Homes, Domes, Temperatures and Running Back Fantasy Points

It’s 2014, Sunday morning week 14: game day. It’s time to make the final changes to your fantasy football lineup, and you need a win — badly. You have one last RB slot to fill, and you’ve narrowed your choices down to two split-time guys:

Steven Jackson – The veteran Falcons running back has put up some numbers lately; he’s averaged just under 10 fantasy points in his last 4 games. This week he’s got a matchup against a below average Green Bay rush defense. So why not play him? Well, for one thing the game will be played at Lambeau Field, where the game time temperature is forecast to be 32*F — something to which a lifelong dome ball-carrier may not be accustomed.
Jeremy Hill – Cincinnati’s newest starting rusher has come on in a big way since Giovani Bernard went down with an injury. Hill has averaged 12.8 fantasy points in his last 5 games, and like Jackson, he has a matchup against a sub-par Pittsburgh Steelers rush defense. The Bengals are at home, and though it’s going to be cold (41*F), it’s downright balmy compared to Green Bay.
Both opposing run defenses are equally crappy1, but the Bengals are at home in slightly warmer weather, so you go with Hill. Plus, old men don’t perform well in cold weather, just ask William Henry Harrison. But is your instinct right? Is weather or home/away status really related to running back performance?
Sunshine on a Cloudy Day
To examine the effect of home/away status on running back fantasy points, we looked at every game a running back has played from 2000 to 20142. We then compared running backs at home (8,227 cases) vs. running backs on the road (8,195 cases) to see if there was a difference in their fantasy performance. During home games, running backs generally did score more points, but only to the tune of 0.7 fantasy points per game3. That’s hardly enough to make you think twice before starting a running back only because he’s playing on the road.
But what about weather? As the temperature and other weather conditions change, do running backs’ fantasy points also change? Using the same set of data, we correlated game time temperature, humidity, and wind speed with running back fantasy points4. Again we came away empty handed: weather and running back fantasy points were not related.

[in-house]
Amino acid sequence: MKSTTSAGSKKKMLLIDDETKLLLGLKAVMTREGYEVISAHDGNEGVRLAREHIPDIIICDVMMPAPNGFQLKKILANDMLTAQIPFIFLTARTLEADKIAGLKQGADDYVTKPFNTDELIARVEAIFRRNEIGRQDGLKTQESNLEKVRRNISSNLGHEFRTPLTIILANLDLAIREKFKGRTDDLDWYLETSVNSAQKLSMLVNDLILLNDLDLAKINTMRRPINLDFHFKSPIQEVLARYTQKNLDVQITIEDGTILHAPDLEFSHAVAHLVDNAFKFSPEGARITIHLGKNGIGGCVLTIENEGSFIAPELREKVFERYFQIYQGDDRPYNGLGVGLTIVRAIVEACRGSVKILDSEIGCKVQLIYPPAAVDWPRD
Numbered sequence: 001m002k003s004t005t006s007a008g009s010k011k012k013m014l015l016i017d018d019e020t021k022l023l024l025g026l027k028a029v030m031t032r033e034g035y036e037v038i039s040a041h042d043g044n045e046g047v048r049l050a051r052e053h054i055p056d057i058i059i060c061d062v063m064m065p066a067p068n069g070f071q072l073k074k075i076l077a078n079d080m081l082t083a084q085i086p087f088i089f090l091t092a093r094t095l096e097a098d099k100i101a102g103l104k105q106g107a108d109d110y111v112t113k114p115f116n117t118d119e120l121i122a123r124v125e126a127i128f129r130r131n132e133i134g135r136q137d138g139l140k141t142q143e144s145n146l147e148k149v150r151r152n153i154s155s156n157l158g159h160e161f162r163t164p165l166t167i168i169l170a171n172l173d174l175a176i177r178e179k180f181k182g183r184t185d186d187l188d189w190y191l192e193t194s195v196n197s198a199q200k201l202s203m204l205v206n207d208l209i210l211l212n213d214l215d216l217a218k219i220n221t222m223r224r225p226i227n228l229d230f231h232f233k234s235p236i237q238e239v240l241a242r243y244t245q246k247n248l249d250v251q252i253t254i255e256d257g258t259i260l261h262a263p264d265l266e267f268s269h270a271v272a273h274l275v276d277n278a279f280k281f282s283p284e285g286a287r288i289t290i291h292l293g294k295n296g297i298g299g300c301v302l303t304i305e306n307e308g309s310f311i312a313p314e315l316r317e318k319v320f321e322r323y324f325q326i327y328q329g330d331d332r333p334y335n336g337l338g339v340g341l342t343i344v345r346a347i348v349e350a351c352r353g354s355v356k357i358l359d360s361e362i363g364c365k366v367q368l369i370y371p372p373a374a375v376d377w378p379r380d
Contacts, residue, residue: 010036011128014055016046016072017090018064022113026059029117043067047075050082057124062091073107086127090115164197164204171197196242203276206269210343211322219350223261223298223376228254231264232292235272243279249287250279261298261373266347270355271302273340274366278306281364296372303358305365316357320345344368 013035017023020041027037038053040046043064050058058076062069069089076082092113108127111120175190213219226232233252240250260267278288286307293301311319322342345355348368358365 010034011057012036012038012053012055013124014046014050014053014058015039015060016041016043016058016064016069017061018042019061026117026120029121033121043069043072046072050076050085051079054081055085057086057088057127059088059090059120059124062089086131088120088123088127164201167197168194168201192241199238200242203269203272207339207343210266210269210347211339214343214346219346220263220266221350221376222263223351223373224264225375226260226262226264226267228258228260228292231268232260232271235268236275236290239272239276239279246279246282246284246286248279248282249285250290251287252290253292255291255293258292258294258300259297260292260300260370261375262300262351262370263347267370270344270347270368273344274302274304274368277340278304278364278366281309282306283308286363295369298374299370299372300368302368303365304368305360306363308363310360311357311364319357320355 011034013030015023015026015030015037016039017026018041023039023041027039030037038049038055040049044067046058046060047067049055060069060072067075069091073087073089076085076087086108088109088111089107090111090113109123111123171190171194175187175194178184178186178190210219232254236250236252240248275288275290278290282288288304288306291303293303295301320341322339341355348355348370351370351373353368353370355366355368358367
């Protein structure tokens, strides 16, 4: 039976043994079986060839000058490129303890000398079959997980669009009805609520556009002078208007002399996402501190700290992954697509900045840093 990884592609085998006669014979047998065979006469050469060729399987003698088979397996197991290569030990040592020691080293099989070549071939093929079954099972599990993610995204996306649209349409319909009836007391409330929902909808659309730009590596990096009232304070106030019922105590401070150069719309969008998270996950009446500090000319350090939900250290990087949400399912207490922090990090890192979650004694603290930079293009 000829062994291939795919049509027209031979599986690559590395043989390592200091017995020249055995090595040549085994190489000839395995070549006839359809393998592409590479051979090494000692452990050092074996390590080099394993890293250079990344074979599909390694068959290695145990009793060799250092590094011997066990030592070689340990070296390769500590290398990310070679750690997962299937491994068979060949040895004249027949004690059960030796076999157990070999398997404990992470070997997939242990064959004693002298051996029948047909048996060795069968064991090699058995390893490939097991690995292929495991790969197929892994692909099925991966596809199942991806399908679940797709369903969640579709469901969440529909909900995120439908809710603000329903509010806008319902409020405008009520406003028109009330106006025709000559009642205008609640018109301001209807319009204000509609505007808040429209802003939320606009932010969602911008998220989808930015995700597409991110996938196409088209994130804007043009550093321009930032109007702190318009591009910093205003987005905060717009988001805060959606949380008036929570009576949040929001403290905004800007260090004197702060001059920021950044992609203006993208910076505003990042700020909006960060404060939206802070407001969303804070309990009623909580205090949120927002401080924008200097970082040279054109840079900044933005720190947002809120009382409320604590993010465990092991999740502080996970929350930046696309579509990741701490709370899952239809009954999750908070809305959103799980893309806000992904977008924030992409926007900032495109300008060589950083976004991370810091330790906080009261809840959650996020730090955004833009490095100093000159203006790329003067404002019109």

The Interaction Effect
So neither temperature nor home/away status have a considerable influence on running back performance. But there has to be something behind the lore of playing in Lambeau or Soldier Field in frigid temps, right? Another possibility is that weather and home/away status could “mix together” in some interactive way to influence running backs’ fantasy performance.
Using this idea, we looked at the relationship between the combination of playing at home or on the road AND playing in the cold weather with running back fantasy points scored. Ultimately, no combination of home or away status and game time temperature meaningfully affected running back fantasy points5.
Under the Dome
What if we limit the analysis to teams who play their home games in domes? Shouldn’t plummeting temperatures hit teams who play half of their games indoors the hardest? Maybe. An article from Advanced Football Analytics revealed that compared to teams who play their home games outdoors, dome teams have a markedly worse winning percentage when playing in cold weather — especially when the temperature drops below 40*F6.

Given these findings, we wanted to see if dome teams’ running backs experience a similar decrease in points when playing outside in the cold. To do this, we compared the relationship between temperature and fantasy points for dome running backs and non-dome running backs. As can be seen in the scatterplot below, there really isn’t much of a relationship between temperature and running back fantasy points, regardless of whether non-dome or dome running backs are playing in the cold. In fact, the correlation for each group is almost identical — and they are both nearly zero.

Taken together, these different analyses suggest that despite common wisdom, home/away, cold/warm, and dome/non-dome distinctions don’t make much of a meaningful difference in RB fantasy performance.
The takeaway is clear: while we are all looking at every aspect of the game to get the upper hand in fantasy football, sometimes we simply overthink things. The decision you made week in 14 of 2014 is a prime illustration. Steven Jackson stiff-armed Old Man Winter to rumble for 13 fantasy points, while Jeremy Hill was held to only 6 fantasy points at home in a warmer environment.

1 The Packers and Steelers rush defenses both end the year in the bottom third of the league.

2 2% of cases had missing data for temperature, dome temperatures were excluded

3 p<.05

4 We did not use precipitation data

5 r = .035**, r2 = .001

6 Dome Teams: ATL, DET, IND, MIN, NO, and STL (and DAL after 2009 and ARI after 2005)

7 Credit for the photo:

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